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Archived This topic has been archived. Information and links in this thread may no longer be available or relevant. If you have a question create a new topic by clicking here and select the appropriate board.
HP Recommended

I have a Z620 running an Intel E5-2603 1.8 ghz CPU and wish to upgrade to the Intel E5-2640 V2 2.0 ghz CPU which is listed as being supported on the Z620 Workstation,

 

However, when I install the E5-2640 processor, nothing works. No beep codes, no boot, not even any smoke!

 

The latest BIOS is installed.

 

Can someone tell me what is the issue here?

 

thanks

13 REPLIES 13
HP Recommended

Go into the BIOS F10 setup.  Look at the first page (System Information).  This page lists the BIOS boot block date. 

If the BIOS boot block date is 03/06/2013, the Z620 supports the E5-26xx V2 CPUs and the older versions (Ivy Bridge and Sandy Bridge).

If the BIOS boot block date is 12/20/2011, the Z620 supports only the E5-26xx "V1" CPUs (Sandy Bridge).  The system will probably not boot with a V2 CPU, and even if it does, the system will be very unstable. 

 

The Z620 boot block cannot be updated.  Updating the BIOS to the latest version from older versions does not update the boot block.  There are several threads in this forum about the boot block.  HP does not support updating the boot block, for security reasons. 

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My opinions are my own, and do not express those of HP.

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HP Recommended

Same request here. I've got a z620 still under warranty with a motherboard that supports PCIe3 but can't install an ivy bridge CPU due to lack of BIOS software. A cost effective solution will be much appreciated.

 

edit: motherboard part nb: 619559-001 AS# 618264-001. What would be the correct part number for a motherboard that supports v2 CPU?

HP Recommended

Sounds like you know you have an original "version 1" release of the motherboard by having looked at your boot block date and finding it to be from 2011 and not the 2013 "version 2" boot block date that shows you have that later release.  You can't just do a BIOS update to get a newer boot block date.  Also, if you upgrade to the newer type of motherboard you must use a processor that HP has specified in the newer QuickSpecs.  You can't just use any Ivy Bridge processor..... it generally has to be on the HP list.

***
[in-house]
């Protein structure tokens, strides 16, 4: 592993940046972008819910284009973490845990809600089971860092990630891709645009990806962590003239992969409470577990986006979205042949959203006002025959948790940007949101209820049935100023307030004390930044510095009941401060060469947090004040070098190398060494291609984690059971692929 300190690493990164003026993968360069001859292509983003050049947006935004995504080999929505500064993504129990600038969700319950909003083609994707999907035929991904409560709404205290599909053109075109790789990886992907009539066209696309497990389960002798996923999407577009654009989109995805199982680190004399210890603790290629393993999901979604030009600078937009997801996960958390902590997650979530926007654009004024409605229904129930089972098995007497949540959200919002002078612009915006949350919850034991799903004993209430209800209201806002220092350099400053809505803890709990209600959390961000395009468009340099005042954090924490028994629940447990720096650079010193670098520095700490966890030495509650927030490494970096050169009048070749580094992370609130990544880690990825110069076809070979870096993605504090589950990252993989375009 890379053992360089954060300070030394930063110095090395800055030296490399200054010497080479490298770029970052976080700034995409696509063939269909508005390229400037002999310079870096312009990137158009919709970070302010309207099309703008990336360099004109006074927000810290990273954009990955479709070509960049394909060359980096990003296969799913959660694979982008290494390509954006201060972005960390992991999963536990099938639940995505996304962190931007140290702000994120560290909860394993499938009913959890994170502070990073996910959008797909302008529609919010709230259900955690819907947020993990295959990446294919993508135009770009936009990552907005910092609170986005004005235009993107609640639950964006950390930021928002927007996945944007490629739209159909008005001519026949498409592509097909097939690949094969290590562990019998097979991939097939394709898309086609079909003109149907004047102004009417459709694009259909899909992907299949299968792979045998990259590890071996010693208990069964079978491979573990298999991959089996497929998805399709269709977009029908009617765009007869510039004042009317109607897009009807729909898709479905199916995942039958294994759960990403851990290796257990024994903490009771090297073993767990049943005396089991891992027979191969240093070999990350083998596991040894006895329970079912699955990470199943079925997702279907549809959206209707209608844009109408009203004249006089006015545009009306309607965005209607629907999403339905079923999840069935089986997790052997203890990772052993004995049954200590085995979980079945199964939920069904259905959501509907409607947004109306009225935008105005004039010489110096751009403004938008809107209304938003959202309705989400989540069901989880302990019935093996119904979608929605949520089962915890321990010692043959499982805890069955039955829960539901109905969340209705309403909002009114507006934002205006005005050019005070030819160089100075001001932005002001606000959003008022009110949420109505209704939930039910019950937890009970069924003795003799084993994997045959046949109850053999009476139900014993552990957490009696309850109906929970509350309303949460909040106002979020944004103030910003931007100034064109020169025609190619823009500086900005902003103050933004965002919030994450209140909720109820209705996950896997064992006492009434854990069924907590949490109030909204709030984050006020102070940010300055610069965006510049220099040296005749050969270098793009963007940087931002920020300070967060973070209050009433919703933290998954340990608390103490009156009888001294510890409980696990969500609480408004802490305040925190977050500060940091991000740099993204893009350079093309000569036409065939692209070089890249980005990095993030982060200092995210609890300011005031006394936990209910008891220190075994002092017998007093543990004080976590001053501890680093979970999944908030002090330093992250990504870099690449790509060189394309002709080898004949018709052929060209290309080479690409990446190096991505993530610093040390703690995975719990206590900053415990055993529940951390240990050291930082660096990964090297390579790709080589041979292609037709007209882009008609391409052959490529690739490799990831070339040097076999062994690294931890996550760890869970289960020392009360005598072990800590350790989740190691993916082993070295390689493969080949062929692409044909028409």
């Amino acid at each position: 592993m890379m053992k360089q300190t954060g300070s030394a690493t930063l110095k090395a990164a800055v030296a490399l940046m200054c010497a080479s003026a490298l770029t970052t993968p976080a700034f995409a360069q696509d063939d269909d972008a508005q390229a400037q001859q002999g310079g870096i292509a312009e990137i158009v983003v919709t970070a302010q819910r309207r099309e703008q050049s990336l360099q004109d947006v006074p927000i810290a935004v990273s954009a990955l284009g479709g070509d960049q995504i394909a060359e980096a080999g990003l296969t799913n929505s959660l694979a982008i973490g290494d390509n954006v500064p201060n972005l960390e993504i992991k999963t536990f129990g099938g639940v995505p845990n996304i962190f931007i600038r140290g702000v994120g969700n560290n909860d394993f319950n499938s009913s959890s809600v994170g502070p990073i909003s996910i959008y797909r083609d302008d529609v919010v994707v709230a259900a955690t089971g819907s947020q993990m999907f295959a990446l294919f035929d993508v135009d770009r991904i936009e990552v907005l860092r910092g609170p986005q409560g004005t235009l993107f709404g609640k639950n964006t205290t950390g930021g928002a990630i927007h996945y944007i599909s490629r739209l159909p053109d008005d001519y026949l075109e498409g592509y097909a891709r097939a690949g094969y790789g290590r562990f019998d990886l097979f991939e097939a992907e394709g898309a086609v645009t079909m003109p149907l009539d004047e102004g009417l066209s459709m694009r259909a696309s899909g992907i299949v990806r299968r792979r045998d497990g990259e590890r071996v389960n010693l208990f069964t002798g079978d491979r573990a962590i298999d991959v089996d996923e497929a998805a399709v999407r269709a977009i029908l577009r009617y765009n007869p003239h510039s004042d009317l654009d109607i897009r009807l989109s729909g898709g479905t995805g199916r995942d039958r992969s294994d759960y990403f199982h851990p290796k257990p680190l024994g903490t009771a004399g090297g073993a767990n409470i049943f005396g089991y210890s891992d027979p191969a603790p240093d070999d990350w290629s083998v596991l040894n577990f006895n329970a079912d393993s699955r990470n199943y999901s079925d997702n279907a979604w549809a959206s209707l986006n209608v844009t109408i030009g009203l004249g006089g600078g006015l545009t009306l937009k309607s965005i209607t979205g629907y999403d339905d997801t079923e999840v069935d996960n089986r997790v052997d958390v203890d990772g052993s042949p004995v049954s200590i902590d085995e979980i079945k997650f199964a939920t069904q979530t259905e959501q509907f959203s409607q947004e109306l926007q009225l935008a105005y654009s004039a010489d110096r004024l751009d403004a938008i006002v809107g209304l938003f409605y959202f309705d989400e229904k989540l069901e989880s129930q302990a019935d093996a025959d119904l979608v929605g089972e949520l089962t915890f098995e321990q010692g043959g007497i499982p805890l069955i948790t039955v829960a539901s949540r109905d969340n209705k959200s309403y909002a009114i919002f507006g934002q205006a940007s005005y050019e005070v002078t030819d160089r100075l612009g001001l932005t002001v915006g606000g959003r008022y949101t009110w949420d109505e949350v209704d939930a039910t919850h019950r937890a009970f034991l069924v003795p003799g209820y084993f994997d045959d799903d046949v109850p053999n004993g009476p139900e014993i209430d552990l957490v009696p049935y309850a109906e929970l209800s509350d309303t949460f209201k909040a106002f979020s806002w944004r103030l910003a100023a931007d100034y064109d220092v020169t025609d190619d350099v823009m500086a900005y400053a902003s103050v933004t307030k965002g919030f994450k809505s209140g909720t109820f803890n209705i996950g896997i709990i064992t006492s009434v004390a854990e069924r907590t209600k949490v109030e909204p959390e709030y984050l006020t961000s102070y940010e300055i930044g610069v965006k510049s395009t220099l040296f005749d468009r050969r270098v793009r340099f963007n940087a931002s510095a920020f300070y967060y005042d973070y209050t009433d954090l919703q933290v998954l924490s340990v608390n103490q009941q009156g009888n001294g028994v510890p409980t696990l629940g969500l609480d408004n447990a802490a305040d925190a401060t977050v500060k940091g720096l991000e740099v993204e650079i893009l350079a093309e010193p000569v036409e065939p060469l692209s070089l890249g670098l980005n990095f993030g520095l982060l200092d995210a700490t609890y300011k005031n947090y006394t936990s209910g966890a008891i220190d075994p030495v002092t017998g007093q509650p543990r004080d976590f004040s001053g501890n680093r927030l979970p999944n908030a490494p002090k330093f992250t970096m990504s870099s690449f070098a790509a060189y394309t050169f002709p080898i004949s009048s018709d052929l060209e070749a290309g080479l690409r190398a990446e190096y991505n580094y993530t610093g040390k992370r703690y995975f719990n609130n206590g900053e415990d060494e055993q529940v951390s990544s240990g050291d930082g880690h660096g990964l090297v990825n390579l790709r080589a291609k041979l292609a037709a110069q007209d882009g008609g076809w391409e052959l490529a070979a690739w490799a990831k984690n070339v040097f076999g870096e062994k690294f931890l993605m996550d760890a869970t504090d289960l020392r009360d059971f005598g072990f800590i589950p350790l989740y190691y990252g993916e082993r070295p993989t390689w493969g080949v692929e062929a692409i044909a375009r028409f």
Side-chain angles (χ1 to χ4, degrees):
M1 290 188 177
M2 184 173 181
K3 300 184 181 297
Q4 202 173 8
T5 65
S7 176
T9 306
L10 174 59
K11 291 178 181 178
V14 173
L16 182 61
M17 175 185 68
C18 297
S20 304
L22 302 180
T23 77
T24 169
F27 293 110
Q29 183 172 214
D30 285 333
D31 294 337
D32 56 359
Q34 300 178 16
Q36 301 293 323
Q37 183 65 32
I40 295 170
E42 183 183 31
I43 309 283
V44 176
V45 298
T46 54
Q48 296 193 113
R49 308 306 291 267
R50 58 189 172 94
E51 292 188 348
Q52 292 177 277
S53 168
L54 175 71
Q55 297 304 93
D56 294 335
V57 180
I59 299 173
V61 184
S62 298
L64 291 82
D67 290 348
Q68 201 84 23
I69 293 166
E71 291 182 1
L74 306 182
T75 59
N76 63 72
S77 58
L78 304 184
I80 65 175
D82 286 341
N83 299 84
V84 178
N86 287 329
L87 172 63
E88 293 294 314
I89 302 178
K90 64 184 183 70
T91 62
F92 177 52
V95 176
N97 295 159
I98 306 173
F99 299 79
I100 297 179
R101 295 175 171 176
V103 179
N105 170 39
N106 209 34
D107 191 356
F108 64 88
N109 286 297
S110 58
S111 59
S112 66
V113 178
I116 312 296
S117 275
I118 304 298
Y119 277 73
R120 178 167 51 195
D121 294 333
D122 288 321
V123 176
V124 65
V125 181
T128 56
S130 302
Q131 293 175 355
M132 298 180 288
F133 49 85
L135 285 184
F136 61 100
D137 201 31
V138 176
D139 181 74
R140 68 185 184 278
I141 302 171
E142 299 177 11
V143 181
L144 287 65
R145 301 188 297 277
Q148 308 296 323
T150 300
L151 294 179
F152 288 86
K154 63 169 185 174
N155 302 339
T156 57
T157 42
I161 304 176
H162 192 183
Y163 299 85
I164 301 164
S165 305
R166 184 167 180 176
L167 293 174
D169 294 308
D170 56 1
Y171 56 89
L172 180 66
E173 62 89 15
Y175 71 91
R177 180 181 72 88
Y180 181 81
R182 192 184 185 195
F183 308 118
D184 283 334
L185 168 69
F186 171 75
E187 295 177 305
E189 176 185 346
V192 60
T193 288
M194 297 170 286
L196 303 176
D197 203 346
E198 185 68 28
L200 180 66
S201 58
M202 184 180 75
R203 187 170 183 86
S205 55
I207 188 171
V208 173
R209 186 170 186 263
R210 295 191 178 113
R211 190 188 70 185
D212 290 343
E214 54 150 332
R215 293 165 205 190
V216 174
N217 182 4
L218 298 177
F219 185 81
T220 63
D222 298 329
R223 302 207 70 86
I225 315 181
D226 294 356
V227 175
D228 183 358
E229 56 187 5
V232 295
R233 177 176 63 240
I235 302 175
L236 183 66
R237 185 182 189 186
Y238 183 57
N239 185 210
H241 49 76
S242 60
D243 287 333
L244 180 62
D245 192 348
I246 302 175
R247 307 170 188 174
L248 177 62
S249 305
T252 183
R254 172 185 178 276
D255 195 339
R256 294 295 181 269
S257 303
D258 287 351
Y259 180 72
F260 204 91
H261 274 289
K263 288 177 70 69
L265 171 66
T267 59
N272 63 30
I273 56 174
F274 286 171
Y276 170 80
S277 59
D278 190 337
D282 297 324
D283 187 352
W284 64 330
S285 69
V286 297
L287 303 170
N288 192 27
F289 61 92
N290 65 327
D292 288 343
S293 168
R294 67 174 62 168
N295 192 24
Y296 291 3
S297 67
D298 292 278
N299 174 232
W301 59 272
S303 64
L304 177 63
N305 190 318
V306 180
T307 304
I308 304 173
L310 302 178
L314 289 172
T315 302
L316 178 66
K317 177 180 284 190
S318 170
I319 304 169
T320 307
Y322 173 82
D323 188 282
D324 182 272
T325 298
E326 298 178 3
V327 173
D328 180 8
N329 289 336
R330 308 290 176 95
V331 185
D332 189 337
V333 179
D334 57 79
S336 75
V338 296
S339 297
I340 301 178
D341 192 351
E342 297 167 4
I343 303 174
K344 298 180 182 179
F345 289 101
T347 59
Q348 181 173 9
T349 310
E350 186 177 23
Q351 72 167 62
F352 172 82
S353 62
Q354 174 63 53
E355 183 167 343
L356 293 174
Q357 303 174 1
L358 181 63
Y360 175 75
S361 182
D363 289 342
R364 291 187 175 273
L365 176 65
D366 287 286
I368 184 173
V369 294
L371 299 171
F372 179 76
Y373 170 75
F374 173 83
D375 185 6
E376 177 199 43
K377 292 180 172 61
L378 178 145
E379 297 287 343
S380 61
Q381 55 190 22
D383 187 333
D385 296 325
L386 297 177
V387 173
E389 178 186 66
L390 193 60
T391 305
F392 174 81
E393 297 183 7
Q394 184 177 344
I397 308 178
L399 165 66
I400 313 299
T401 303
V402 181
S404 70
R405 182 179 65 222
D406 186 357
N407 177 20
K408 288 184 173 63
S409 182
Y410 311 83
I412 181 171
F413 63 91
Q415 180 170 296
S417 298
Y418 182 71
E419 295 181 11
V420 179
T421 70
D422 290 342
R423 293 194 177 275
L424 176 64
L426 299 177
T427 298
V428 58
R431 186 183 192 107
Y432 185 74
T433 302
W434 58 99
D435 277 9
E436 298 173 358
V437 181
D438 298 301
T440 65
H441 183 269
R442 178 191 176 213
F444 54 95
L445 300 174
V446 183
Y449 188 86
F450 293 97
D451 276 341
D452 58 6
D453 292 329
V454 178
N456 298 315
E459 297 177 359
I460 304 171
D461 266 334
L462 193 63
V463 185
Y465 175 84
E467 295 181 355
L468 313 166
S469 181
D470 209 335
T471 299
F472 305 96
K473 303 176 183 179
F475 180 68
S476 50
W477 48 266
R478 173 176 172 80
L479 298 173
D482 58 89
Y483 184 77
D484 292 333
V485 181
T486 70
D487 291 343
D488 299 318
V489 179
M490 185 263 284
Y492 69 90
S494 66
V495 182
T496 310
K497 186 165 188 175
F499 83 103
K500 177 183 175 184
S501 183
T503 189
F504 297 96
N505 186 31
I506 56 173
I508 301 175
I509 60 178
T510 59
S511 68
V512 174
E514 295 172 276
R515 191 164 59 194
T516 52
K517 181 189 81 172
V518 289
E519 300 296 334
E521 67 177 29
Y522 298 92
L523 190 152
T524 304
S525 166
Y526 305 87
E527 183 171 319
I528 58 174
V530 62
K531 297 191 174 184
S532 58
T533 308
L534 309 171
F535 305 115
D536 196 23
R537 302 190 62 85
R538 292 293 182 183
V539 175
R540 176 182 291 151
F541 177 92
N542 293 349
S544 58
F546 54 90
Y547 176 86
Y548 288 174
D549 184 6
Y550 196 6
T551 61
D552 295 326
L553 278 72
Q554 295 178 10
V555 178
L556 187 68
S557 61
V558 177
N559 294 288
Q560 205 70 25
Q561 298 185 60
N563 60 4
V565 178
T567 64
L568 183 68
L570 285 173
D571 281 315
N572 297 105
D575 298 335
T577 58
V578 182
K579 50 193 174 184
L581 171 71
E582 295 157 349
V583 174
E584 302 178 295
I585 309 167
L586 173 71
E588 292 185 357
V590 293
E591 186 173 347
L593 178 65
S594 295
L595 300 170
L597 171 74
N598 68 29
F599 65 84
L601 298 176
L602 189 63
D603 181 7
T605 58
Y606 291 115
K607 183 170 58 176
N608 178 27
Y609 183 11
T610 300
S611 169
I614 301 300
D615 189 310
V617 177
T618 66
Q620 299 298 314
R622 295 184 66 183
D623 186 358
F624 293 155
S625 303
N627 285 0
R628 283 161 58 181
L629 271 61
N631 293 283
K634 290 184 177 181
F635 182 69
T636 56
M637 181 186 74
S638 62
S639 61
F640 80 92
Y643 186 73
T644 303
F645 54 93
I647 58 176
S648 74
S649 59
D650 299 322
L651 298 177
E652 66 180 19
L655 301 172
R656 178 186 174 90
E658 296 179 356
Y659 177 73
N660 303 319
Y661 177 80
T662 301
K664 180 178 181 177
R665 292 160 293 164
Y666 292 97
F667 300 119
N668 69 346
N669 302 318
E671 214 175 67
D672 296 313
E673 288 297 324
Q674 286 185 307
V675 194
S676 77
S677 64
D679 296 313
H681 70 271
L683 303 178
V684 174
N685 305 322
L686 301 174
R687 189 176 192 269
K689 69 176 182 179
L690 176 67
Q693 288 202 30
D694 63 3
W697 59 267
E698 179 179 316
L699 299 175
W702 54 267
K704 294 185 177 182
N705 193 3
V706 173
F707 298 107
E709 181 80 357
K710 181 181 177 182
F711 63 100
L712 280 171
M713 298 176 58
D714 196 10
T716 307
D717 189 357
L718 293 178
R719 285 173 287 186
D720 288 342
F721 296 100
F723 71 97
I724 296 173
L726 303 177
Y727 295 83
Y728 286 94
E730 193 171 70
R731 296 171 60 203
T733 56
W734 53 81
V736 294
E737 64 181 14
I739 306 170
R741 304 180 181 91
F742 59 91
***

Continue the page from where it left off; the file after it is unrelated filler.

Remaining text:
It is not BIOS that is the issue in version 1 of the motherboard...... it is hardware.  The original motherboards are of an older type which does not support (in the Z620) the v2 processors.   Here is an interesting article, but it does have some typos and some old false info in it.  However, it is worth reading, and note the memory speed increase also.  Nothing that money can't fix.

 

http://www.digitalartsonline.co.uk/news/creative-hardware/hp-adds-ivy-bridge-xeon-e5-v2-chips-with-u...

 

To go from the older processors (Sandy Bridge) to the newer (Ivy Bridge) processors you need the version 2 motherboard.  You still can run the older processors in that newer motherboard, but not vice versa.  If you search under "Z620 spare parts" HP has a listing of the older Patsburg (code name for the chipset used) as 619559-001 at the top of the miscellaneous section.  At the bottom of that section there is another motherboard listed as 708614-001.  Newer parts have the higher numbers.  I bet that is the one you want.  Remember that there are AS part numbers and SP part numbers, and they generally are not the same.  Some have posted in the past here the exact version 2 motherboard part number they found on their newer Z620 motherboards..... you'll need to dig.  Take a look in eBay for those two numbers......

HP Recommended

Here are some added clarifications, for completeness:

 

1. I had thought that HP called the version 2 of the Z620 "revision 1" but a HP engineer clarified that for me... it is better to just call it version 2.  There also is a version 1 and a version 2 of the Z600, and there are two boot block dates for those motherboards also.  The boot block date in BIOS is the easiest way to see what version you have..... no need to dig into the workstation under a desk. Just boot into BIOS and look.